<<< The word "achariyth" is used idiomatically for FUTURE. Its use in many other passages demonstrates that.>>>

Correct. And even Paul quoted that verse so that “last days” applied to HIS time, while HE was alive, as “THESE last days”:

Heb 1:1 God, who at sundry times and in divers manners spake in time past unto the fathers by the prophets,

Heb 1:2 Hath in these last days spoken unto us by his Son, whom he hath appointed heir of all things, by whom also he made the worlds;

Heb 1:3 Who being the brightness of his glory, and the express image of his person, and upholding all things by the word of his power, when he had by himself purged our sins, sat down on the right hand of the Majesty on high;

So even IF “last days” has some mysterious meaning about the end of time, those days ended about the time Jesus’s Twelve Disciples or Paul died.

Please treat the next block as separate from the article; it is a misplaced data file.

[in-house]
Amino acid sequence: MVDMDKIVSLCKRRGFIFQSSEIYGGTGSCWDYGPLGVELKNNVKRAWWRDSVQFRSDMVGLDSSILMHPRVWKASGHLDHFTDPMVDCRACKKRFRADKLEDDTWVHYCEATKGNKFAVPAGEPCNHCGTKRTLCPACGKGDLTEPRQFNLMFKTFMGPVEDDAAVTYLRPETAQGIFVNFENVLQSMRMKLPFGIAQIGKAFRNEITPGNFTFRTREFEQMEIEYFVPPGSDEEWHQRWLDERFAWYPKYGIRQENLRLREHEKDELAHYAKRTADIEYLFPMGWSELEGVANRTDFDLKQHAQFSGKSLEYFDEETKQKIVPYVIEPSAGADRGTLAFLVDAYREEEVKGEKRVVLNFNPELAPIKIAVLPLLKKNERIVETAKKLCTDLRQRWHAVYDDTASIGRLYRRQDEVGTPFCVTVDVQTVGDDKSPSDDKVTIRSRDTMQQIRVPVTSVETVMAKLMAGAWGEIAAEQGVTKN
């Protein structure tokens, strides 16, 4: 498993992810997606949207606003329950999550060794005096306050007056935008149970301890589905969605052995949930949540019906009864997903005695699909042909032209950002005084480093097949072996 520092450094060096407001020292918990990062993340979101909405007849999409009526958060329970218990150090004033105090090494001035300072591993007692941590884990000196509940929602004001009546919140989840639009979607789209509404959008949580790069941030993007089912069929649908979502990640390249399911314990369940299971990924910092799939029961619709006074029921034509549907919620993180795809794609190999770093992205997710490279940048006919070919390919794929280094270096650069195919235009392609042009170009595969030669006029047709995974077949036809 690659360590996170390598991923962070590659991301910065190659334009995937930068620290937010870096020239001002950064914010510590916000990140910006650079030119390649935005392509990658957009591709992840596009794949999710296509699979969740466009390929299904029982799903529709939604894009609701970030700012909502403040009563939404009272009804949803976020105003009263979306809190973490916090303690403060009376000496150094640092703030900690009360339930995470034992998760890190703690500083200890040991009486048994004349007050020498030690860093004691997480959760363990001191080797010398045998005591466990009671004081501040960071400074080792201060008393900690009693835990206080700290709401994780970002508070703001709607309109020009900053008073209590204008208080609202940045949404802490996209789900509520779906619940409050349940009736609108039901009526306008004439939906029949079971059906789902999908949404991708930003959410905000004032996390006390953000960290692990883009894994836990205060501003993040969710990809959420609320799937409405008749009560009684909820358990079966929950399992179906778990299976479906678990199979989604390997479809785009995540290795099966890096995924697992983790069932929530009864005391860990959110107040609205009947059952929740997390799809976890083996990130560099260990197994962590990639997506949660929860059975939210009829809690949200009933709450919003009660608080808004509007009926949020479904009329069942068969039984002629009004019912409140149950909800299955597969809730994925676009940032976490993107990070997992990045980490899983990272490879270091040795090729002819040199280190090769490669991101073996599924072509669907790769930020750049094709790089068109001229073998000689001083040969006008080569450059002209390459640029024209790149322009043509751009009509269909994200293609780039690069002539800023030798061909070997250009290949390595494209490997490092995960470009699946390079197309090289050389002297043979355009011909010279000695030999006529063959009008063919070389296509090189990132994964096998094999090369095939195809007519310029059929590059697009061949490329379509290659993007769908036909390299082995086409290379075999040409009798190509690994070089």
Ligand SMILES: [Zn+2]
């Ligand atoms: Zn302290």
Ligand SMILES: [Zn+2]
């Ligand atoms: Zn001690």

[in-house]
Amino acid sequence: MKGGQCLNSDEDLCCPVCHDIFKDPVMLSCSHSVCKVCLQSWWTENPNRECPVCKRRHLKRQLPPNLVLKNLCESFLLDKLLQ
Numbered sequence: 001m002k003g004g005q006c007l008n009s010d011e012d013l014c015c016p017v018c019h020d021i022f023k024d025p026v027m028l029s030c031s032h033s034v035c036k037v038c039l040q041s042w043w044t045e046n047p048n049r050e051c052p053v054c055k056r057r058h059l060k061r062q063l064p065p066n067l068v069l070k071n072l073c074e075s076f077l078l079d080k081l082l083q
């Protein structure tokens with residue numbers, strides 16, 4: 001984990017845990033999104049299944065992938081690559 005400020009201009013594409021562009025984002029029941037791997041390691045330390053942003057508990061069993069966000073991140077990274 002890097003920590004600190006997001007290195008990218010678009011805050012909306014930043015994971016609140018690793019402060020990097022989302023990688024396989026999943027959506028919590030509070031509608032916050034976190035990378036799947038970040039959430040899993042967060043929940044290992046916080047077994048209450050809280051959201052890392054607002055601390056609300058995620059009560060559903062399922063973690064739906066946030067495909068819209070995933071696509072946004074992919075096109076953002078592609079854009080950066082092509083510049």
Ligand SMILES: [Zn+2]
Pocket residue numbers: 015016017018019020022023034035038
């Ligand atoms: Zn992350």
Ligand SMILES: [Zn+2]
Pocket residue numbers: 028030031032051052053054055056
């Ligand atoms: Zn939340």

John Knight

From: [email protected] [mailto:[email protected]]
Sent: Wednesday, December 30, 2009 5:29 PM
To: Russell Walker
Cc: ‘Jacob Israel’; [email protected]; ‘Judy Nipps’; ‘Eli’; [email protected]; [email protected]; ‘Byron Gaar’; ‘Buddy’; ‘Athena’
Subject: Re: Shiloh done came and went

Well, that is the common English transliteration of the Hebrew word translated "last" in the passage you cite – which proves again that you spout off about that which you do not know.

Russell Walker wrote:

Bill – I have absolutely no idea what “achariyhth” is or where it comes from and I seriously doubt if anyone else does either. russ